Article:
How they hate a Christian in Damascus! — and pretty much all over Turkeydom as well.” ~ Mark Twain writing in his book “Innocents Abroad” on his 1867 visit to Syria
Did you know Assyria was the world’s first empire? It was located in what is today Syria and Iraq. It was mentioned by name in the book of Genesis, chapter 2, verse 14: “And the name of the third river is Hiddekel (Tigris): that is it which goeth toward the east of Assyria.”
Around the year 2371 B.C., as related by Peter BetBasoo, the Assyrian empire under Sargon of Akkad absorbed the original Sumerian civilization of the Mesopotamian Valley.
The world’s first great work of literature is in the original Assyrian language of Akkadian — “The Epic of Gilgamesh,” written around 2,500 B.C. Around 1,800 B.C., during the time of Abraham, the ancient Assyrian city of Nineveh, near present-day Mosul, became a major religious/cultural center.
Arameans, descendants of Aram, the son of Shem, migrated into Assyria. Among them was the family of Laban. His sister, Rebekah, married Isaac and together they had sons Esau and Jacob.
Deutoronomy 26:5 “Then you shall declare before the Lord your God: ‘My father (Jacob) was a wandering Aramean (some translations Syrian), and he went down into Egypt with a few people and lived there and became a great nation, powerful and numerous.'”(NIV)
The capital of Assyria was Nineveh, at the time the largest city in the world. The Old Testament prophet Jonah preached in 760 B.C. Nineveh repented. Jonah’s tomb existed in Nineveh until it was destroyed by fundamentalist Muslims of ISIS (Islamic State of Iraq and Syria) on July 24, 2014.
In 727-721 B.C., King Shalmaneser V ruled the Neo-Assyrian empire which carried away Israel’s ten northern tribes into captivity. Most of the known world was conquered by Assyrian King Tiglath-Pileser III between 745-727 B.C. King Sennacherib, 705-681 B.C., made Nineveh the most magnificent capital in the world.
The word “Arab” is actually the Assyrian word “westerner,” first used by King Sennacherib in telling his conquest of the “ma’rabayeh” — westerners.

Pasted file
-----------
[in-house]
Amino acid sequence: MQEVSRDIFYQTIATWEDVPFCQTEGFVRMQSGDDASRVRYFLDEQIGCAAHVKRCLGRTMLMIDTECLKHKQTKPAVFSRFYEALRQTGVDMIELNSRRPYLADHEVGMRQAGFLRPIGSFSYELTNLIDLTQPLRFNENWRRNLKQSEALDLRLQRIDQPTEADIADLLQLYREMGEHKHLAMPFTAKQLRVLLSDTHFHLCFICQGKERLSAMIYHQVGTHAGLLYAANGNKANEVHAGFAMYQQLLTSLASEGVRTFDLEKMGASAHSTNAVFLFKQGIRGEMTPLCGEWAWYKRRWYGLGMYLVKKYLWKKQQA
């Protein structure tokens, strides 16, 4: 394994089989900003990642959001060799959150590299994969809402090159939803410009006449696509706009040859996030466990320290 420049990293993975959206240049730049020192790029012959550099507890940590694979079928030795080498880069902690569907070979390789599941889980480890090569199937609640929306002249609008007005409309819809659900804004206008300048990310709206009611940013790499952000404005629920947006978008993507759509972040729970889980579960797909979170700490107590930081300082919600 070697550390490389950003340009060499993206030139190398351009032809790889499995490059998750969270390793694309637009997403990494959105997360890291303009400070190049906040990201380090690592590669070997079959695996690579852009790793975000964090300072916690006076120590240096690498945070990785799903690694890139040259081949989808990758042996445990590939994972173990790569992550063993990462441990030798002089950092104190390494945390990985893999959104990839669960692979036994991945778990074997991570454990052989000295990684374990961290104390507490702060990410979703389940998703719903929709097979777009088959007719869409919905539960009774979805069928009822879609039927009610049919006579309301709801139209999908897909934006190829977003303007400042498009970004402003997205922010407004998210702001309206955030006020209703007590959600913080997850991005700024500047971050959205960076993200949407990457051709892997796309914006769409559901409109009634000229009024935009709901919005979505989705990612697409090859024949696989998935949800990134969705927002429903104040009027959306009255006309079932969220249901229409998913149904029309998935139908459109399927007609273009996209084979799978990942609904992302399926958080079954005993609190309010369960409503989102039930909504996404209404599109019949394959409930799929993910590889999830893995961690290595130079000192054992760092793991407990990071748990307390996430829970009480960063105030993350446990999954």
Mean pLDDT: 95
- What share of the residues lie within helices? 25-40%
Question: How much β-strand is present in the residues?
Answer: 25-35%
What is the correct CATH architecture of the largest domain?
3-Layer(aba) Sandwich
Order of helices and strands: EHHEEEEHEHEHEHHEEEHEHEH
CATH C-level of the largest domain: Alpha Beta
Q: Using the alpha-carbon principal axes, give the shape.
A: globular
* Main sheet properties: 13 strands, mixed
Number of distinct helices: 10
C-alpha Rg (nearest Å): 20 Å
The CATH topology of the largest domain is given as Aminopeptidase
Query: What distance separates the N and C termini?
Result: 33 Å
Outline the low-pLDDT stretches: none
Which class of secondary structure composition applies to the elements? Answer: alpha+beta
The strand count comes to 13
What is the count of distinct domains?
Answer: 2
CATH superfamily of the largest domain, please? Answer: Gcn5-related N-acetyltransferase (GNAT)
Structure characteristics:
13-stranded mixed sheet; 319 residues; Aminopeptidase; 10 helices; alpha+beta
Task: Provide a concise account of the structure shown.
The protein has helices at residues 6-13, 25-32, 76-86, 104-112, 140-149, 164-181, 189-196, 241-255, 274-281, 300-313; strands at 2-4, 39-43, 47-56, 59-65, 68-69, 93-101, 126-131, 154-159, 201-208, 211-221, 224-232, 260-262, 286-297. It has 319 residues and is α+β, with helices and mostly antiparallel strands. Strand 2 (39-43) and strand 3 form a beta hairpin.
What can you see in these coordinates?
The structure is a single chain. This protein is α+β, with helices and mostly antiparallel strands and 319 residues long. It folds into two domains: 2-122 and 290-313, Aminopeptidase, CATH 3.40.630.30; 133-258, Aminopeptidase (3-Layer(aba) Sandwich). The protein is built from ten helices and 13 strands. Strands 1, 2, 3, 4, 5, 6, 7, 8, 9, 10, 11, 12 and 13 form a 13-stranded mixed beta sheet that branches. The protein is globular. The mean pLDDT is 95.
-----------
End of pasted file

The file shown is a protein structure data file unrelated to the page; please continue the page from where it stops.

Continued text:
Assyrians and Babylonians laid down the fundamental basis of mathematics, the Pythagorean Theorem, the concept of zero, 360 degrees in a circle, parabolic domes and arches, and longitude and latitude in geography.
By the eighth century B.C., so many Arameans had immigrated into Mesopotamia that the Aramaic language became the lingua franca for the entire region, replacing the languages of the Akkadians/Assyro-Babylonians.
Aramaic was spoken through the time of Christ, and was still in use by Christians in the small Syrian village of Ma’loula till it was overrun by fundamentalist Muslim fighters in September of 2013.
Beginning in 538 B.C., Assyria was ruled by other empires for the next seven centuries:
- Persian Achaemenid
- Macedonian (Alexander the Great)
- Parthian Arascid
Greeks first began using the shortened name “Syria” to refer to western Assyria. With the arrival of Christianity, Saint Thomas, Saint Bartholemew and Saint Thaddeus founded the Assyrian Christian church in 33 A.D. A dialect of the Aramaic language called ‘Syriac’ became the new lingua franca of that part of the world.
The Apostle Paul evangelized in Syria, beginning in the city of Damascus. The very word “Christian” was first used for followers of Jesus Christ in Antioch, Syria. (Acts 11:23-26)
By the year 265 A.D., Syria was one of the first nations to be completely Christian. In 269 A.D., Syrian Queen Zenobia led a famous revolt against the Romans.
In the fourth, fifth and sixth centuries, Christian Assyrians began a systematic translation of Greek works in religion, science, philosophy (Socrates, Plato and Aristotle) and medicine (Galen) into Syriac.
One of the greatest Christian Assyrian achievements of the 4th century was the founding of the first university in the world, the School of Nisibis, with departments in theology, philosophy and medicine. It was a center of intellectual development in the Middle East and the model for the first Italian university.
Assyrian Christians pioneered hospitals, with the Bakhteesho family having nine generations of physicians and founding the great medical school at Gundeshapur in present-day Iran. The Assyrian Christian physician, Hunayn ibn-Ishaq, wrote a textbook on ophthalmology in 950 A.D. which remained the authoritative source until 1800 A.D. Assyrian Christian philosopher Job of Edessa developed a physical theory of the universe rivaling Aristotle’s.
In the fifth century, nine Christian Syrian Monks translated Greek, Hebrew and Syriac works into the Ethiopian language of Ge’ez and organized Christian monastic orders and schools, some of which are still in existence. Saint John of Damascus in Syria, the Patriarch of Jerusalem, was one of the greatest scholars in the eighth century.
The literary output of the Assyrians and Jews was vast. After Latin and Greek, the third largest corpus of Christian writing was in the Assyrian “Syriac” language.
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Assyrian missionaries brought Syriac “Nestorian” Christianity into Mesopotamia, then into the Persian Sassanid empire, India, Central Asia, the Uyghurs, the Tang Dynasty of China, Korea, Japan and the Philippines.
Beginning in 634 A.D., Arab Muslims swept in a torrent through the Middle East. Chaldean and Babylonian astronomers were forcibly Islamized till they eventually disappeared.
In the seventh century, Syrian scholars translated Greek works into Arabic. The book, “How Greek Science Passed to the Arabs,” documented the work of 22 scholars, 20 of which were Christian Assyrians, with only one Persian and one Arab. These translations were later taken by Moors into Spain, where Europeans translated them into Latin, laying the groundwork for the Renaissance.